Cold injuries can help to be prevented by following safety tips such as:
Keep your body warm by using appropriate PPE
General movement to keep the body warm but NOT to sweat
Avoid tobacco products
Drink water or other fluids to prevent dehydration
Drink warm beverages
Limit the time outside on extremely cold conditions
Periodically move into a warm area
Wear proper clothing (several layers of loose clothing that is NOT cotton-based)
Protect your feet – carry an extra pair of socks and immediately change damp socks, use foot powder to absorb moisture, use water resistant boots
Protect your hands wearing insulated gloves, keep gloves clean and dry
Avoid contact with snow, ice or liquids exposed to cold
Protect your head, face and nose and lastly, protect each other, watch for signs of frost bite or cold weather injuries in your co-workers or family and immediate professional medical help.It is important to follow company rules and adhere to your local first aid guidelines.
During colder months, vehicles are commonly idling and heating systems for buildings are working hard. This poses a risk with carbon monoxide exposure.
Carbon monoxide poisoning occurs when carbon monoxide builds up in your bloodstream. When too much carbon monoxide is in the air, your body replaces the oxygen in your red blood cells with carbon monoxide. This can lead to serious tissue damage, or even death.
If you think you or someone you’re with may have carbon monoxide poisoning, remove them to fresh air and seek emergency medical care. Check your smoke and carbon monoxide detector batteries regularly and replace them at least once a year. Have your heating system regularly serviced and make sure it works properly and ventilated out properly.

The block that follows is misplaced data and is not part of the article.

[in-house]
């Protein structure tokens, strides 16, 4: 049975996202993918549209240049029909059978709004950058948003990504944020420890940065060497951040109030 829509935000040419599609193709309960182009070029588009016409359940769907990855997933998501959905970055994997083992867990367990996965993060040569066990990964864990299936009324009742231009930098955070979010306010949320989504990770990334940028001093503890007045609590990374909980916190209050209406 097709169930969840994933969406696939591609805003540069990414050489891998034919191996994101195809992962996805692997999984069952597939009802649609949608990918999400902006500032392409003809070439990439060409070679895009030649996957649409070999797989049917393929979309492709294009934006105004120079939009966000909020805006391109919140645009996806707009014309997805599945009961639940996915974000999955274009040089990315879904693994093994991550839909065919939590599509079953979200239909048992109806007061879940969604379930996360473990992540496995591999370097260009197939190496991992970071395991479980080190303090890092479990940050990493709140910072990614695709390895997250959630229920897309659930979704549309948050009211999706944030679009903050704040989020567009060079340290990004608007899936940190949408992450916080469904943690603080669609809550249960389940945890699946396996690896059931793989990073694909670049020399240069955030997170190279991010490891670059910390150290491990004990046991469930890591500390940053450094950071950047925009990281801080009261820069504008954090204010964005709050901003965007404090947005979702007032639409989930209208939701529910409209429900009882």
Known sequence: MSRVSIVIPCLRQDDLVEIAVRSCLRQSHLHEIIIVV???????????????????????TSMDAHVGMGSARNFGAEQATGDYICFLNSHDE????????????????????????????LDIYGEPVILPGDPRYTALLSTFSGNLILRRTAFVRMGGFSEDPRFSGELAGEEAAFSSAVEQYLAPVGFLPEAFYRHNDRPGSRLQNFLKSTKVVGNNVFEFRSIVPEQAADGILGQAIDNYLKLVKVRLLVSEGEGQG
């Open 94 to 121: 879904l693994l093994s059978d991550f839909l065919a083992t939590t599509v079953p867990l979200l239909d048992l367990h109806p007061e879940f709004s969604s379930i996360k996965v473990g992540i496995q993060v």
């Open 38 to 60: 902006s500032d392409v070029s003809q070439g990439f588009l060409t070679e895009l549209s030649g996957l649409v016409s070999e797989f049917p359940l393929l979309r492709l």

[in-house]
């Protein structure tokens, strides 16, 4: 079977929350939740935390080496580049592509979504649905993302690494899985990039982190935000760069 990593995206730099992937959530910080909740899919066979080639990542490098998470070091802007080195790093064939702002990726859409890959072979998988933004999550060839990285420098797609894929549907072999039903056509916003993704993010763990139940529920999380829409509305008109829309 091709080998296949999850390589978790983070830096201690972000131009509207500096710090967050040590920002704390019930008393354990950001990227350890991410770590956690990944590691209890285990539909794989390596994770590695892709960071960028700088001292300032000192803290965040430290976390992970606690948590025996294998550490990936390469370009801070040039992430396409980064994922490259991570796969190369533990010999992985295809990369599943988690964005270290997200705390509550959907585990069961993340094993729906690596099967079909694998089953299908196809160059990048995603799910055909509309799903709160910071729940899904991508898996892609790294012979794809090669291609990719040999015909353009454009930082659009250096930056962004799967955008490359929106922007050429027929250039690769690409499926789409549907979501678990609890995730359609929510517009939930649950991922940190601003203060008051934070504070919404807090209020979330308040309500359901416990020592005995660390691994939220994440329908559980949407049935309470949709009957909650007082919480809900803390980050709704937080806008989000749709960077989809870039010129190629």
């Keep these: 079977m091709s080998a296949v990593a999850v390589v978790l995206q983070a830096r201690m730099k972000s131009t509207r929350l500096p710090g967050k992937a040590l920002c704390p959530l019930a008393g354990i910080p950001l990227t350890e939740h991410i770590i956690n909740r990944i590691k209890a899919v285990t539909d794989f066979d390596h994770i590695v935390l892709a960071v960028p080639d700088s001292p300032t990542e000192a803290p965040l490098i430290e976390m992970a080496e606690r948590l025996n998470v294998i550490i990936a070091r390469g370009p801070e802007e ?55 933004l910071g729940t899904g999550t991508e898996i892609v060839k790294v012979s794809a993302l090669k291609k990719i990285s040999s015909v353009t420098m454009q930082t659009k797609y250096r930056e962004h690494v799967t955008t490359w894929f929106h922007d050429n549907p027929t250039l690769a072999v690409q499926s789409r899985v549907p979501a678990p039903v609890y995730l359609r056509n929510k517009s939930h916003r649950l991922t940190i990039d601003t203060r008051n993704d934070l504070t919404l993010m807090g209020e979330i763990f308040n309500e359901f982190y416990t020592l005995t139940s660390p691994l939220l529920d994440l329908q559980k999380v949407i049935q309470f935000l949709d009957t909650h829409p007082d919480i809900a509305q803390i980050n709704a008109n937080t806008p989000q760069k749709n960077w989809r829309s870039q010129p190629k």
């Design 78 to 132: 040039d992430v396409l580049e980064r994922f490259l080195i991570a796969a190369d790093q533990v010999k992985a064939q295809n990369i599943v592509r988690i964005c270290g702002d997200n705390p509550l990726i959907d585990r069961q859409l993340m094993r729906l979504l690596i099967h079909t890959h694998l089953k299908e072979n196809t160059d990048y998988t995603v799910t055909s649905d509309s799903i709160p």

Vehicles idling or warming up should be outside and away from any buildings, people, animals or fresh-air intakes. Never run a vehicle in an enclosed space.
Additional awareness training on this topic may be helpful.
Naturally this content is not an extensive list of winter hazards & risks and how to mitigate them. It’s critical to adhere to local first aid guidelines, company policies and local Health & Safety legislation.
As an employer, having strong safety policies and a positive safety-culture extends to all seasons. Employers should initiate and reinforce safety protocols as well as provide proper training for employees.
The contents of this article is provided as information-only and does not substitute workplace training, competency, legislative or industrial requirements. SET Safety and/ or the author is not responsible for the accuracy or validity of this information. SET Safety and/or the author does not accept liability for the reliability, accuracy or completeness of the information presented. This article does not substitute legal, jurisdictional or professional advice. The reader bears all responsibility to seek professional guidance or advice on any information noted in this blog or related to the content of this blog.
H2S is a hazardous gas that is widely found in the oil and gas industry. It is a by-product of organic matter decomposition and is frequently found in high concentrations in oil and gas wells, refineries, and other associated facilities.